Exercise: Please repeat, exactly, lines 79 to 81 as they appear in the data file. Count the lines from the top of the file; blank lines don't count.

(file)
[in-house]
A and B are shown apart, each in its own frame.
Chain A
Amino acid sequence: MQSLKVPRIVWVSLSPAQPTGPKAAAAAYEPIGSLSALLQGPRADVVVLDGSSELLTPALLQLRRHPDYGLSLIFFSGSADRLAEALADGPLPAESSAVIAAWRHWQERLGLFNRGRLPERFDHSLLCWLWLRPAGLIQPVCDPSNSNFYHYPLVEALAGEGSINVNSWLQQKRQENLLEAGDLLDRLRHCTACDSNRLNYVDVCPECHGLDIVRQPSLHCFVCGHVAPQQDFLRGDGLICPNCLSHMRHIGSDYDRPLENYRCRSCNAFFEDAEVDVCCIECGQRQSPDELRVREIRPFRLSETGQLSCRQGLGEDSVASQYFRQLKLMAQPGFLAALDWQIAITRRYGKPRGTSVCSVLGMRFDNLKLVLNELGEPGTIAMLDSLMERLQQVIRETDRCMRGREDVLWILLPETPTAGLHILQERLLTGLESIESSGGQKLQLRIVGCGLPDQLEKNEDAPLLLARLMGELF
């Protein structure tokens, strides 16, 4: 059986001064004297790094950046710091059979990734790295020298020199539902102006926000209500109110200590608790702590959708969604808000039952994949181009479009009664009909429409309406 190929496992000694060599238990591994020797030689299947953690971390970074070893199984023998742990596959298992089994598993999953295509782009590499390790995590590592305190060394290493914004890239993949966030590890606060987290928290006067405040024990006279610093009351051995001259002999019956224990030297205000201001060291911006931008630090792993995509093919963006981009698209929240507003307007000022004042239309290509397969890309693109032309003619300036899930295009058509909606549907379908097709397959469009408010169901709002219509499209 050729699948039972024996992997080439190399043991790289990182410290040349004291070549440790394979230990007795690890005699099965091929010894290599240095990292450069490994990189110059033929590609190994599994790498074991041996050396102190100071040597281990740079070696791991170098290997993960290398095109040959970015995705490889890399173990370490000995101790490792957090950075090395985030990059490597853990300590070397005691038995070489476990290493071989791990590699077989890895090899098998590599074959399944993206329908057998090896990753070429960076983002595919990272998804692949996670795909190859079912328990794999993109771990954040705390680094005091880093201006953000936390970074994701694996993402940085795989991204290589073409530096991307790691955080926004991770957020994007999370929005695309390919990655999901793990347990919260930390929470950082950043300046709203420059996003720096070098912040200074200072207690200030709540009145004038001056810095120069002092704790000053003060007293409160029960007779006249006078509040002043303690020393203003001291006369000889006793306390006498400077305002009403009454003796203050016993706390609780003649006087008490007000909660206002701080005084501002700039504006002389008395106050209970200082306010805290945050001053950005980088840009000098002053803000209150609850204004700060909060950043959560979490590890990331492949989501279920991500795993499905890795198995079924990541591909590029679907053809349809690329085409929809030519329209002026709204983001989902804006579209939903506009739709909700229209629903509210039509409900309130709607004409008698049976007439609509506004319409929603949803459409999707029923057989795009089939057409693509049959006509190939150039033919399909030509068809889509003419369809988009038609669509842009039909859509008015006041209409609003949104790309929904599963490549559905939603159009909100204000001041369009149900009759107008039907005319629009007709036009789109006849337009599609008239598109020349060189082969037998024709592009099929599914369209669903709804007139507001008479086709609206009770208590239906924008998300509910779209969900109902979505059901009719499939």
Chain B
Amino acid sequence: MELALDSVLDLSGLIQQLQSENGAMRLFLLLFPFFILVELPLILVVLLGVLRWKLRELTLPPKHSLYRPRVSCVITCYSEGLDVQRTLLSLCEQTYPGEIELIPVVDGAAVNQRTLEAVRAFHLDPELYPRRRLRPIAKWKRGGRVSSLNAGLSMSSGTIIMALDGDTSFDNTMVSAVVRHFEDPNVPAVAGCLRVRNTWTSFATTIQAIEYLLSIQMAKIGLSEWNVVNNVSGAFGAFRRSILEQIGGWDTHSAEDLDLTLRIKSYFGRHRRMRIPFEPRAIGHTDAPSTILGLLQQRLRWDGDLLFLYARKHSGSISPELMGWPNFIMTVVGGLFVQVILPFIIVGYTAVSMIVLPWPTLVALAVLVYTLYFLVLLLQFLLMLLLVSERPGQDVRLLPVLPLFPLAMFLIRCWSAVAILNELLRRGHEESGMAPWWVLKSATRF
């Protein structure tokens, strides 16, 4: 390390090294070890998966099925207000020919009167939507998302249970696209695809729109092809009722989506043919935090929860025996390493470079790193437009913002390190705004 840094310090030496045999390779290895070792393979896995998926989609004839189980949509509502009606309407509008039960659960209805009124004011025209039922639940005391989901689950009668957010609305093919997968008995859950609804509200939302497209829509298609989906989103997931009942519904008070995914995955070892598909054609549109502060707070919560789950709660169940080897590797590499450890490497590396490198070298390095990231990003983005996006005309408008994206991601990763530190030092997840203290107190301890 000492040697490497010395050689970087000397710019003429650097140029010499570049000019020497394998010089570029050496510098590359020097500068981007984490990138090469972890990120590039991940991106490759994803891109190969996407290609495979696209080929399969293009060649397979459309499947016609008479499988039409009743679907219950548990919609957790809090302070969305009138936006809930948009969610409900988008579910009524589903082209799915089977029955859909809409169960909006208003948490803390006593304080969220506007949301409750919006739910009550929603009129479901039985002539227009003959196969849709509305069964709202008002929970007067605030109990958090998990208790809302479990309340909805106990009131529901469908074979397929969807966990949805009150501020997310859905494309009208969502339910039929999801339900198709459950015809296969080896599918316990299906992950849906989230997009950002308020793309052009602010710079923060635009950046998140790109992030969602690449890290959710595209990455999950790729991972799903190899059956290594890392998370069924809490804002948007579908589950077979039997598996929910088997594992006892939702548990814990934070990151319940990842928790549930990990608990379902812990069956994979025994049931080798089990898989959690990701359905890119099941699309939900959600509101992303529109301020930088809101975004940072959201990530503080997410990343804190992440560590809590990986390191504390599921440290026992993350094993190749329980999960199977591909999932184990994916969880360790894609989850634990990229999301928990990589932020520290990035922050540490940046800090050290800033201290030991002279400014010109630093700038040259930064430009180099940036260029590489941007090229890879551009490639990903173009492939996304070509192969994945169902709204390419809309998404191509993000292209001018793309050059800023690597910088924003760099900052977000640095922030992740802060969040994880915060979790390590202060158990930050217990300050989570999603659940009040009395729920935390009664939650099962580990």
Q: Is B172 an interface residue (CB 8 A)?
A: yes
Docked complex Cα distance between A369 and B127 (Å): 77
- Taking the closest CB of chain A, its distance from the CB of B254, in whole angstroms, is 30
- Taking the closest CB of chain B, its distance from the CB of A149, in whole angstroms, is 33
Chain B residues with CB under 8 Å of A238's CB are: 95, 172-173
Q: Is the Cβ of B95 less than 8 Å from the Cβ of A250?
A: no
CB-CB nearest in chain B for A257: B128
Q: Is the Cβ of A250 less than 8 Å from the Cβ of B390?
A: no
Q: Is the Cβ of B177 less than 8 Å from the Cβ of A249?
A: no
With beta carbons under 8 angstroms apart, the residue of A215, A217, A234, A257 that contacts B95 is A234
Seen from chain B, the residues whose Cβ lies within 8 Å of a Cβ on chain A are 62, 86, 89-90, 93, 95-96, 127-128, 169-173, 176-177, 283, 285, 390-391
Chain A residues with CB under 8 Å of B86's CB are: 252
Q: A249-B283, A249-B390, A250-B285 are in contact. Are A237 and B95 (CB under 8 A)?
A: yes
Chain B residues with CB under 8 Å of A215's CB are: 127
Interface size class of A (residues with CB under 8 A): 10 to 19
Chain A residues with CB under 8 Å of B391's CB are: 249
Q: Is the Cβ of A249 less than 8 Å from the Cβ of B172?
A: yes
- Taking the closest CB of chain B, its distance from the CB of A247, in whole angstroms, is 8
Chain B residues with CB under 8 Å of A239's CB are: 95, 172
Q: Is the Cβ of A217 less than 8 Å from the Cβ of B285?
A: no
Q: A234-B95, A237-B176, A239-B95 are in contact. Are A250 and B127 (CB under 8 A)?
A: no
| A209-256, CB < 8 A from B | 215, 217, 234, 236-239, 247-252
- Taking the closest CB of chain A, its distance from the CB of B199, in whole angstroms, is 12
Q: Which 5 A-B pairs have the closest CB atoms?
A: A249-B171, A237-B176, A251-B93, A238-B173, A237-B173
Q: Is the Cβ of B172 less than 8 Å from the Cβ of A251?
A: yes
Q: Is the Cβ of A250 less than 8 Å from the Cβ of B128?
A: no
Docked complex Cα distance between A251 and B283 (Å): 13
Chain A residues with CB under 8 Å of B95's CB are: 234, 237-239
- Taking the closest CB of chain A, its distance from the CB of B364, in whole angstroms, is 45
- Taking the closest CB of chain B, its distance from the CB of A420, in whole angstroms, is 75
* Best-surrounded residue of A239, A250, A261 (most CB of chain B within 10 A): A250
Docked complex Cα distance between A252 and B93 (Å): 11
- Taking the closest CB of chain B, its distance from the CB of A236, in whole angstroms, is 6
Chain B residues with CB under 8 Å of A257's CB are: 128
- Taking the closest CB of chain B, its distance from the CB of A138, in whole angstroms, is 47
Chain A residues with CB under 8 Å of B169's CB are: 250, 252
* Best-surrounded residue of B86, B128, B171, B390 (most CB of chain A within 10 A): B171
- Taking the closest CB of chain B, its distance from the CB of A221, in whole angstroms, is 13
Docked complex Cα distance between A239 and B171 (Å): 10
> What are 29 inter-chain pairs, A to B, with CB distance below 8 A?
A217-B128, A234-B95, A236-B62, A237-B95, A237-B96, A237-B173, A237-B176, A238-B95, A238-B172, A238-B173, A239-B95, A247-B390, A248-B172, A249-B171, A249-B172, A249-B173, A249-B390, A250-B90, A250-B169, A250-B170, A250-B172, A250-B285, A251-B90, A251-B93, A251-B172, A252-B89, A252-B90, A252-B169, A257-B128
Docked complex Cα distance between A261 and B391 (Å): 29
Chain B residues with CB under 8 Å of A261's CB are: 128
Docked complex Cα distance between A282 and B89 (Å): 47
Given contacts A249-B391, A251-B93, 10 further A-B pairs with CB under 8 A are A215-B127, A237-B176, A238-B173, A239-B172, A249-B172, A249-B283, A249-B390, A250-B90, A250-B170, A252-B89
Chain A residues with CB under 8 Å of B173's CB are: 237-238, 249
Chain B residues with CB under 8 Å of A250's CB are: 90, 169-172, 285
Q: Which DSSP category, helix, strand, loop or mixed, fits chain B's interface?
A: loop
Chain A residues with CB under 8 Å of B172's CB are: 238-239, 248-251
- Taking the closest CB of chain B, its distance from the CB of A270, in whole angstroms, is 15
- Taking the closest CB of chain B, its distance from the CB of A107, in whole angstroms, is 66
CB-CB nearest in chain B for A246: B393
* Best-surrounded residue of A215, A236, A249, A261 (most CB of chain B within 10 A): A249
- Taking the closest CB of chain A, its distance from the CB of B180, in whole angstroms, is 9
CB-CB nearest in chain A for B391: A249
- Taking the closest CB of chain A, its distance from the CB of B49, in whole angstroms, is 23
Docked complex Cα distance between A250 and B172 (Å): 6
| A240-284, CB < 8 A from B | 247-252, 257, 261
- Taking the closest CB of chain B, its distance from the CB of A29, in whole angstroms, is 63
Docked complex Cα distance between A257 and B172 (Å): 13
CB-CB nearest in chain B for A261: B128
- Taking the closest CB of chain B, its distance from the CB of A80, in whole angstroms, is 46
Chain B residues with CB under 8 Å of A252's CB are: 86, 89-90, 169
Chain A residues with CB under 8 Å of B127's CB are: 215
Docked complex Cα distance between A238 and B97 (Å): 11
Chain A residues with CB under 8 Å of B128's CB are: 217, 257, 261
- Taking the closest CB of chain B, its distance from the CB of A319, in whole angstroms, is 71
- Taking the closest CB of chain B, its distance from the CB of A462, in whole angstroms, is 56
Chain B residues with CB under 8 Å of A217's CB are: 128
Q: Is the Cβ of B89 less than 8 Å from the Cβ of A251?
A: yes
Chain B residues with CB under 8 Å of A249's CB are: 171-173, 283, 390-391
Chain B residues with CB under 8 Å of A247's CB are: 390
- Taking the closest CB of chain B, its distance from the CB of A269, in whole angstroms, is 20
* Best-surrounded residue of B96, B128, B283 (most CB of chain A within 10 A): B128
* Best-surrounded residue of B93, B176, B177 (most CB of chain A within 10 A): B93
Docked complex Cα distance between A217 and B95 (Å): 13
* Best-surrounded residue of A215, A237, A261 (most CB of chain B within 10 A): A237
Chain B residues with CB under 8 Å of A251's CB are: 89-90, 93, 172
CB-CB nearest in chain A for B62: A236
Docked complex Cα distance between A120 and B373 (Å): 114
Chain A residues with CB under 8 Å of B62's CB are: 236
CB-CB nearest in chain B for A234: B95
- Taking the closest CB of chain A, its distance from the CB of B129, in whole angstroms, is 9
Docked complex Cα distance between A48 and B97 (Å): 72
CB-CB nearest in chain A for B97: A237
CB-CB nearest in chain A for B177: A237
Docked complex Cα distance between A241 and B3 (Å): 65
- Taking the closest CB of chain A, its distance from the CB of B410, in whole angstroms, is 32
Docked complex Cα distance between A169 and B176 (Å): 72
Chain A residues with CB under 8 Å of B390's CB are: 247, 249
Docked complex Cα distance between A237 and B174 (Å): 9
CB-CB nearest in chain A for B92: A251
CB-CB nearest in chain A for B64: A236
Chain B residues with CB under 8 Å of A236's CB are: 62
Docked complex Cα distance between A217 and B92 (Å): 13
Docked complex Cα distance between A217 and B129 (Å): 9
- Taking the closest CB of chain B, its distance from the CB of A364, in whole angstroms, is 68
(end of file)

- Taking the closest CB of chain B, its distance from the CB of A29, in whole angstroms, is 63
Docked complex Cα distance between A257 and B172 (Å): 13
CB-CB nearest in chain B for A261: B128